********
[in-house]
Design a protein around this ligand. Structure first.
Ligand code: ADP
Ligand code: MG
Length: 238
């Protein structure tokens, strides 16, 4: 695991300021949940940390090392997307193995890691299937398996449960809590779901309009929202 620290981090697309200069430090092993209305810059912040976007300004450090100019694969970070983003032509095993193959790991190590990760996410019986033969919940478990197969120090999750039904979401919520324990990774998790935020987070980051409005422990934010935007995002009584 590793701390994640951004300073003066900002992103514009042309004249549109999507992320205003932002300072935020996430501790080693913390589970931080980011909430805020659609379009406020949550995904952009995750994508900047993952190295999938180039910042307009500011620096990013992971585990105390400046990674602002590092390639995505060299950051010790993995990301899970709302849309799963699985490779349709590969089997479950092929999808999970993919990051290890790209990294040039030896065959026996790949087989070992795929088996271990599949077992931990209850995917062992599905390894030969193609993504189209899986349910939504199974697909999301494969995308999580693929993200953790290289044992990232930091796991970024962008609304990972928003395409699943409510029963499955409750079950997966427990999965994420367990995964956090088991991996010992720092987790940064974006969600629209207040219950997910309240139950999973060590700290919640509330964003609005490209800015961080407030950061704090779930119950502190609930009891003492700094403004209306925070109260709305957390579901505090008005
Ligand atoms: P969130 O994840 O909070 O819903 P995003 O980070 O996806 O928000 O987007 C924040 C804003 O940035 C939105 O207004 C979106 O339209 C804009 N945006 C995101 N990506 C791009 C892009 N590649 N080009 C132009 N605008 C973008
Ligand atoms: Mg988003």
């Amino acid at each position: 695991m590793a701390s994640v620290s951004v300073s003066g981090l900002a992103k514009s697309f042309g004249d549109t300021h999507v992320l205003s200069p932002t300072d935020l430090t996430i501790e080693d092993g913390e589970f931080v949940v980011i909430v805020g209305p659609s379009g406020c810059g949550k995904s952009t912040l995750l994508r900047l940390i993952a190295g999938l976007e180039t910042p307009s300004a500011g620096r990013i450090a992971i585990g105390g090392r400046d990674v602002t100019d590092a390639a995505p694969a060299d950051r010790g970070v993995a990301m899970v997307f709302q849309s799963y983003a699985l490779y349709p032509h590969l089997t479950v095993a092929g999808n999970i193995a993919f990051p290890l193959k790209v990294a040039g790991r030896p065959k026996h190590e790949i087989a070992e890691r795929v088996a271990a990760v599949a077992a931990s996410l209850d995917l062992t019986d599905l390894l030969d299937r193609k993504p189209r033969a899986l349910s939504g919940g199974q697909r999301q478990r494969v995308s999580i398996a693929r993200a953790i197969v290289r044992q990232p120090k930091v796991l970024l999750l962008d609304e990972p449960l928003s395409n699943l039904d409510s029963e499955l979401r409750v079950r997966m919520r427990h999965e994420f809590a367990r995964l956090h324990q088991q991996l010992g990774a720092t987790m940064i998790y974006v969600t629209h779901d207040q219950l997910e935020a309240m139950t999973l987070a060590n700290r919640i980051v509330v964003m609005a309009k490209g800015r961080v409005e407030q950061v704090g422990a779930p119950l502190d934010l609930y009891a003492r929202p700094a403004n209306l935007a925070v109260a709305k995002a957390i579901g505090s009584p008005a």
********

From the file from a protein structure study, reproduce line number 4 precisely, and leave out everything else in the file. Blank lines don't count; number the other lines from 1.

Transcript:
Ligand code: MG